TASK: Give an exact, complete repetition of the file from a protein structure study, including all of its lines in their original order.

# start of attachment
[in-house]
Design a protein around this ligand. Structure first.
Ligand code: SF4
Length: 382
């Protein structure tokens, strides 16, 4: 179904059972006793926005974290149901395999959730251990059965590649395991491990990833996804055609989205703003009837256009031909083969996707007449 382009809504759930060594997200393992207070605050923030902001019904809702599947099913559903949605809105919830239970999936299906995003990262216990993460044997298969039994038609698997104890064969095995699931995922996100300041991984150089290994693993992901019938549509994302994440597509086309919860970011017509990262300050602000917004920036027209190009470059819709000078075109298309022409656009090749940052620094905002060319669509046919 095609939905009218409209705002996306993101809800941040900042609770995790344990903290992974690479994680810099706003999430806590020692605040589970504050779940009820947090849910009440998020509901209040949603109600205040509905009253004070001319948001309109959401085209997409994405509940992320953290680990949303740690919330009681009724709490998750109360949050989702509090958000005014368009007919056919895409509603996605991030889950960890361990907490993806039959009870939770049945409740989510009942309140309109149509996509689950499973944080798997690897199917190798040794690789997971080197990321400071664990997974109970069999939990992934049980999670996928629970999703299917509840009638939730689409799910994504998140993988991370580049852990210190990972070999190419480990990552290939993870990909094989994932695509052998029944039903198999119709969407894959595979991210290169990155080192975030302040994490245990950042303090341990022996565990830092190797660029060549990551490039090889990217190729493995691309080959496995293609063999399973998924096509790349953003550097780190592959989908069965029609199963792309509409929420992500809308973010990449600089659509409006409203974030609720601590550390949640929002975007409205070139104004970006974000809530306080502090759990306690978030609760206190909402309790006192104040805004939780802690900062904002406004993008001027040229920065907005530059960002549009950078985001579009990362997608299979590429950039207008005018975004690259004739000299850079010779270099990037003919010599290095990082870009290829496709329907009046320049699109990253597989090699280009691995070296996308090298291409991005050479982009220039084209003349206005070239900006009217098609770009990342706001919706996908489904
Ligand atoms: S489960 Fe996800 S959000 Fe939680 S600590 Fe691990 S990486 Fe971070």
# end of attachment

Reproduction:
[in-house]
Design a protein around this ligand. Structure first.
Ligand code: SF4
Length: 382
């Protein structure tokens, strides 16, 4: 179904059972006793926005974290149901395999959730251990059965590649395991491990990833996804055609989205703003009837256009031909083969996707007449 382009809504759930060594997200393992207070605050923030902001019904809702599947099913559903949605809105919830239970999936299906995003990262216990993460044997298969039994038609698997104890064969095995699931995922996100300041991984150089290994693993992901019938549509994302994440597509086309919860970011017509990262300050602000917004920036027209190009470059819709000078075109298309022409656009090749940052620094905002060319669509046919 095609939905009218409209705002996306993101809800941040900042609770995790344990903290992974690479994680810099706003999430806590020692605040589970504050779940009820947090849910009440998020509901209040949603109600205040509905009253004070001319948001309109959401085209997409994405509940992320953290680990949303740690919330009681009724709490998750109360949050989702509090958000005014368009007919056919895409509603996605991030889950960890361990907490993806039959009870939770049945409740989510009942309140309109149509996509689950499973944080798997690897199917190798040794690789997971080197990321400071664990997974109970069999939990992934049980999670996928629970999703299917509840009638939730689409799910994504998140993988991370580049852990210190990972070999190419480990990552290939993870990909094989994932695509052998029944039903198999119709969407894959595979991210290169990155080192975030302040994490245990950042303090341990022996565990830092190797660029060549990551490039090889990217190729493995691309080959496995293609063999399973998924096509790349953003550097780190592959989908069965029609199963792309509409929420992500809308973010990449600089659509409006409203974030609720601590550390949640929002975007409205070139104004970006974000809530306080502090759990306690978030609760206190909402309790006192104040805004939780802690900062904002406004993008001027040229920065907005530059960002549009950078985001579009990362997608299979590429950039207008005018975004690259004739000299850079010779270099990037003919010599290095990082870009290829496709329907009046320049699109990253597989090699280009691995070296996308090298291409991005050479982009220039084209003349206005070239900006009217098609770009990342706001919706996908489904
Ligand atoms: S489960 Fe996800 S959000 Fe939680 S600590 Fe691990 S990486 Fe971070």